Harvesting Timber: The Future of Your Woodland

As you plan a timber sale, it is easy to focus on what can be taken out of the stand.  However, as a landowner committed to the stewardship of your land, you need also to be thinking about what will be left behind.  The trees that remain after the harvest are the ones that you’ll see every time you walk through the woods.  They’re also the seed source for your future woods.

Hardwood logpile in stand
Eli Sagor photo

Every timber harvest should leave the woodland in a better condition than it was beforehand.  This can happen in many different ways.  Partial harvests should be designed to remove less desirable species and trees of relatively poor form.  This will focus growing space on the best of your woodland, improving its vigor, quality, and value.  Partial harvests are also a great way to grow big trees quickly.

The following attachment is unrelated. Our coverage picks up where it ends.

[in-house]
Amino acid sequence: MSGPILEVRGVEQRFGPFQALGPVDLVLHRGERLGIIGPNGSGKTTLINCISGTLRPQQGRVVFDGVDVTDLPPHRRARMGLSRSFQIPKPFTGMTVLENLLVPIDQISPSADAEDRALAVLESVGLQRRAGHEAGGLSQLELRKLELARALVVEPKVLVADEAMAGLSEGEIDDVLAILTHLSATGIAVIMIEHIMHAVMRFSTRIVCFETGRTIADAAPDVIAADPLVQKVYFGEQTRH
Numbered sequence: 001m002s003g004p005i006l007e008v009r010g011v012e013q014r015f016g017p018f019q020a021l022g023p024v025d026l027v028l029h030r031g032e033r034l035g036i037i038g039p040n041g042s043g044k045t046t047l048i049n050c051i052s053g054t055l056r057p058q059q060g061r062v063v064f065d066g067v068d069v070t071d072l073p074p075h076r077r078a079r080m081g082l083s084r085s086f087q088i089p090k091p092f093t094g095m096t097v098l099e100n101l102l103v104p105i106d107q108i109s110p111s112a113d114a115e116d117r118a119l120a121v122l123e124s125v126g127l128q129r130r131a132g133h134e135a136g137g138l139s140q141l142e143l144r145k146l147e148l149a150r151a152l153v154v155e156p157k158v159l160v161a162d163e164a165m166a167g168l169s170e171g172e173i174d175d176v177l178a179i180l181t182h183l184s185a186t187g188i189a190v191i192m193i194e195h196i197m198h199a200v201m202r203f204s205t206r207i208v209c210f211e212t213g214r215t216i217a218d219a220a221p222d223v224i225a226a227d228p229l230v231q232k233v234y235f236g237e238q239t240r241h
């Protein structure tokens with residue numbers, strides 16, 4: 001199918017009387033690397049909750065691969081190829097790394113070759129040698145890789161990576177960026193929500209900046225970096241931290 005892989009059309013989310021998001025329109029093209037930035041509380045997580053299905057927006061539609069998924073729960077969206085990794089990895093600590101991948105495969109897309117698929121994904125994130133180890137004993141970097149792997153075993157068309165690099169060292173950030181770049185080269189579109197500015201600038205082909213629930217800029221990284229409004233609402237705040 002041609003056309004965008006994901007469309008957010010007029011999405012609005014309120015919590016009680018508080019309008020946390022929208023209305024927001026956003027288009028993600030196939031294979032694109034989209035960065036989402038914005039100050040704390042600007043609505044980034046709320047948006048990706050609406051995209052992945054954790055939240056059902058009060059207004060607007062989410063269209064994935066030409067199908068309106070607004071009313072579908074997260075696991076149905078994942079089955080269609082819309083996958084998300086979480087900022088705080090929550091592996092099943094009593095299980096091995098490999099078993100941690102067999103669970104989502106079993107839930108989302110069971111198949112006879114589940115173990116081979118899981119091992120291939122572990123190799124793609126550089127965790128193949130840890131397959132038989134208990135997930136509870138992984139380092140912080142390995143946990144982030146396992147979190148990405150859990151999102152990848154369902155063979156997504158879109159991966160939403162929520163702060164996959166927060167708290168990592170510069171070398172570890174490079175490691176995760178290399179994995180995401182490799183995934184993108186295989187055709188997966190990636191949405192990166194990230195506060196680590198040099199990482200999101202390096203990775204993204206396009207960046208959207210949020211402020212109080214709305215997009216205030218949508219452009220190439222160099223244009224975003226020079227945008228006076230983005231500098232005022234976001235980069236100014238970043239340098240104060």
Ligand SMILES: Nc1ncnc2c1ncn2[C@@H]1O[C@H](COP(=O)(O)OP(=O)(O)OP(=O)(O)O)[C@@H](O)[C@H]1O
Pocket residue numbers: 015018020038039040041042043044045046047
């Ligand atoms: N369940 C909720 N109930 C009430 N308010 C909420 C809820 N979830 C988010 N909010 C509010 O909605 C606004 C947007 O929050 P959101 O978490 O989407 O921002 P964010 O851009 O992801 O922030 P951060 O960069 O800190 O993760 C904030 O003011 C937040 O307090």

The same concept applies to clearcut stands as well.  Well planned and executed timber harvests can greatly improve the productive capacity of the woodlot.  But details do matter.  For example, harvesting aspen in the winter leads to more vigorous new growth.

Why?  In spring and summer, most of the tree’s nutrients are in the growing parts of the tree:  stem, twigs, and leaves.  In winter, nutrients move from leaves to roots, where they’re stored until the next growing season.  If you harvest in winter, these nutrients will be available for a fast, vigorous new growth.  If you harvest in summer, the nutrients will be lost.

Details like this can have important impacts on your timber harvest experience.  Before you harvest, talk to a forester who can help you plan ahead for a successful sale.

Eli ‘s work addresses Minnesota forest ecology & management. He’s based in St Paul.

You may also like